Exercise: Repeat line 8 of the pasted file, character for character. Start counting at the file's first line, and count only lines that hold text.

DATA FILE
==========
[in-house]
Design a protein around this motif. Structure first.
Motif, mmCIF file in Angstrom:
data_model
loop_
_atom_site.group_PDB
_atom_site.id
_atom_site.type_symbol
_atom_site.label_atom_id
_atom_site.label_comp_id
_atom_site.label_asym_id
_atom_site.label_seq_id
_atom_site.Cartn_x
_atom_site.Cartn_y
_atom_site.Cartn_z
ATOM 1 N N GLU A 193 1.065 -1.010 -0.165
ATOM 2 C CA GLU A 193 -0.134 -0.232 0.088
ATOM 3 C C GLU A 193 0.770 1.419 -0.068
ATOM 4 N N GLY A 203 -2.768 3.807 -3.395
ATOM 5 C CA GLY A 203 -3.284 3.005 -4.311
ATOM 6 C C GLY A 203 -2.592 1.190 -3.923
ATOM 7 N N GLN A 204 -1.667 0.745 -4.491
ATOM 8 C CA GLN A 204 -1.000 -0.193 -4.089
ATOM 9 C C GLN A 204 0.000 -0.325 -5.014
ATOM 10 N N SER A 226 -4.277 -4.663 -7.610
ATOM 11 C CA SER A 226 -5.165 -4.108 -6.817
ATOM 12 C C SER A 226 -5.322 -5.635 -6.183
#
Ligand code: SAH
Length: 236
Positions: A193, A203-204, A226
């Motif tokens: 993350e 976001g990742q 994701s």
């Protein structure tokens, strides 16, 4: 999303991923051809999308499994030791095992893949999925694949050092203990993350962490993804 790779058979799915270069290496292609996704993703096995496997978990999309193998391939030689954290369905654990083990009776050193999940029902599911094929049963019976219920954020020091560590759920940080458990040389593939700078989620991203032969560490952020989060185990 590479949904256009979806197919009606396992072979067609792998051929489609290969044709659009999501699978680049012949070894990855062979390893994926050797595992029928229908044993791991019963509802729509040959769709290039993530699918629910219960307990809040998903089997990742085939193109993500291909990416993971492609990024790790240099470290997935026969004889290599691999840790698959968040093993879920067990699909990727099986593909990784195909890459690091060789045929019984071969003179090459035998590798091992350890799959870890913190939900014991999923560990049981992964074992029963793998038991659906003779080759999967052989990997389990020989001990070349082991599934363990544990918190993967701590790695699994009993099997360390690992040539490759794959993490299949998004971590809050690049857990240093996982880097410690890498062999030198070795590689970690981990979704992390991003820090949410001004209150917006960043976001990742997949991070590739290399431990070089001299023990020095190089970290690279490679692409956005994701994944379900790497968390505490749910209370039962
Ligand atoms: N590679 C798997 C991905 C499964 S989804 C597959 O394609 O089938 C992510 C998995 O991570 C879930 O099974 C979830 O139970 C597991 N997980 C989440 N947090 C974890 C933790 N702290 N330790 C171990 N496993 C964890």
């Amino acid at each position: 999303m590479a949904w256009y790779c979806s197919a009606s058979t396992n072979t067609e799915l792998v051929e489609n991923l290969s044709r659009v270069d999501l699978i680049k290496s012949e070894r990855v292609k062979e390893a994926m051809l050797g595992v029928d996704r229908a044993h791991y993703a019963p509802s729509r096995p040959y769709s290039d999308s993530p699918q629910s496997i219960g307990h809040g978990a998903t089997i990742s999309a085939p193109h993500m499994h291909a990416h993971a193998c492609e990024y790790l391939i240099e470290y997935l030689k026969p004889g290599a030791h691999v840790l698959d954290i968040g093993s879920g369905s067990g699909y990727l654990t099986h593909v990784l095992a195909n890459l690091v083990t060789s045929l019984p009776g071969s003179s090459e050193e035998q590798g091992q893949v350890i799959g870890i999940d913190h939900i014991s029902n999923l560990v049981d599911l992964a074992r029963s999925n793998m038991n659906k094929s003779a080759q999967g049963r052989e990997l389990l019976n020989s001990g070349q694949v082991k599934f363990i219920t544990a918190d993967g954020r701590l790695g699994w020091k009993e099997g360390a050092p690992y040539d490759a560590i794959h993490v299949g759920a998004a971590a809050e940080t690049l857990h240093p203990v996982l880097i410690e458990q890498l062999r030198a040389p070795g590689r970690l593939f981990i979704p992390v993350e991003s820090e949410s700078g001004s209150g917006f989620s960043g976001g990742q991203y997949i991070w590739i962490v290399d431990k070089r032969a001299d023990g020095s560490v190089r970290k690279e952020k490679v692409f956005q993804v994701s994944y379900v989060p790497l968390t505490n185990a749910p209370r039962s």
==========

_atom_site.type_symbol